So, we all carted off to Saturday evening's entertainment. about 150 people all crammed into an arena for beef on a bun dinner and a working cow horse demonstration. First was reining, and then working a cow. It's always interesting to see different disciplines, and it was a pretty fun evening. The night ended more or less the same, with everyone in the region cramming into one hotel room and studying for games.
Bright and early Sunday was breakfast and then waiting for games to start. As we waited, they posted the initial rankings for team, which are based on the combined individual scores for each team member. Our team was doing well, so going into the games we got to focus on just having fun. My favourite game was called sculpt it, which was basically pictionary but you had to sculpt the answer out of kinetic sand. Collectively, our team did really well, and we were feeling really good about our chances by the end of the day.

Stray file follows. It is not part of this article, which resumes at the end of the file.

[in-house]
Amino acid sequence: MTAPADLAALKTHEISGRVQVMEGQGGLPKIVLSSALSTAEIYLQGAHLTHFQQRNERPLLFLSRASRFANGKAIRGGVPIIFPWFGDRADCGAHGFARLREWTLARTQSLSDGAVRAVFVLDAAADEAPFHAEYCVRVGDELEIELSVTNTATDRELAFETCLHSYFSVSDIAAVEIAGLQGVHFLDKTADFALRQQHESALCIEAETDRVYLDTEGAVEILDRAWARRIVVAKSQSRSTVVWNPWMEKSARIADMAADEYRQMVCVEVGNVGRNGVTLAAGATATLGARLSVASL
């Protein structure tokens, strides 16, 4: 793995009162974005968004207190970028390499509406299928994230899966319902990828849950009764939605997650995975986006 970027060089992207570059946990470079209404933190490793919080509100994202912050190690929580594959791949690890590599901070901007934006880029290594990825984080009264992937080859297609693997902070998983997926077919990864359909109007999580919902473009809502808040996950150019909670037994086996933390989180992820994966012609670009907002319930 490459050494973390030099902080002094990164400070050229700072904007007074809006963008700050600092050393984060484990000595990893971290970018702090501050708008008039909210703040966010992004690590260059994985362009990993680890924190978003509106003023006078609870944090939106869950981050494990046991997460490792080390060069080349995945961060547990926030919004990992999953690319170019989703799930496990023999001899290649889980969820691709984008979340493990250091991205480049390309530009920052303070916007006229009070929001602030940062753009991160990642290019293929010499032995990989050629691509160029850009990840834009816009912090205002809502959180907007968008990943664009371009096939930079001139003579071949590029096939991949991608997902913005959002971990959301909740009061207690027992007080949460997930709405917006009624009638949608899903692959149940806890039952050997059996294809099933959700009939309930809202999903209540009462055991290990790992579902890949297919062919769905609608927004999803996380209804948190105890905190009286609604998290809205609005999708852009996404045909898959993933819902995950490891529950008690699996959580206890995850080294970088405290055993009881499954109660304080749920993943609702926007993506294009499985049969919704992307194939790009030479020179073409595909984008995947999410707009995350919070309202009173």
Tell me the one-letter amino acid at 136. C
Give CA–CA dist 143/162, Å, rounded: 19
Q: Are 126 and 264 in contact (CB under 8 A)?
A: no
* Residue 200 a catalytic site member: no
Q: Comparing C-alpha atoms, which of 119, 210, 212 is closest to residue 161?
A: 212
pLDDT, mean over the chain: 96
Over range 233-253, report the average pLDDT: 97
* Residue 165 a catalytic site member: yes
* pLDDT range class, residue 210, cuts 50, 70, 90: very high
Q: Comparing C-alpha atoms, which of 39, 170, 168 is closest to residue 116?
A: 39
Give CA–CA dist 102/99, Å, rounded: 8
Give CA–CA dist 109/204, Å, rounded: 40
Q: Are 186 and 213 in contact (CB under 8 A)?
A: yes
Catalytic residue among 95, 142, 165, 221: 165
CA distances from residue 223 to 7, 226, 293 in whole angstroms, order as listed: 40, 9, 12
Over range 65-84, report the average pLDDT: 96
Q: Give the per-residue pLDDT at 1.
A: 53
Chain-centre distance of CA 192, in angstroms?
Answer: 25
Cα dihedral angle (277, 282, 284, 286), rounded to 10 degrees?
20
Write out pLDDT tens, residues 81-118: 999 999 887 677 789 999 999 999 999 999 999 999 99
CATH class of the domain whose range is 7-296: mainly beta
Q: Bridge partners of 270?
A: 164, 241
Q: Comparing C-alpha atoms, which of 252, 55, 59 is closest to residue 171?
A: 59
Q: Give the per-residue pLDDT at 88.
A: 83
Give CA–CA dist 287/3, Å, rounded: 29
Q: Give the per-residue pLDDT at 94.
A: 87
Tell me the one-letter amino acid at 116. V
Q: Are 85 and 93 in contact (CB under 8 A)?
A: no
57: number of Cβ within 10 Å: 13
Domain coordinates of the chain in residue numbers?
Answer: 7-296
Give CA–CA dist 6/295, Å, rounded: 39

After lunch was our other outing, this time to the world famous Spruce Meadows. I've been there before, but it was still fun to have our run of the international ring. Most of the team, myself included, rolled down the derby bank. It's even steeper than it looks. I couldn't imagine riding a horse down it!
|The infamous devil's dike|
|AB South in the Water Jump|
Finally, it was time for everyone to get ready for the big awards banquet. Our region coordinated, so we all had red and black on. The dinner was the best one yet, and before I knew it, the awards were starting.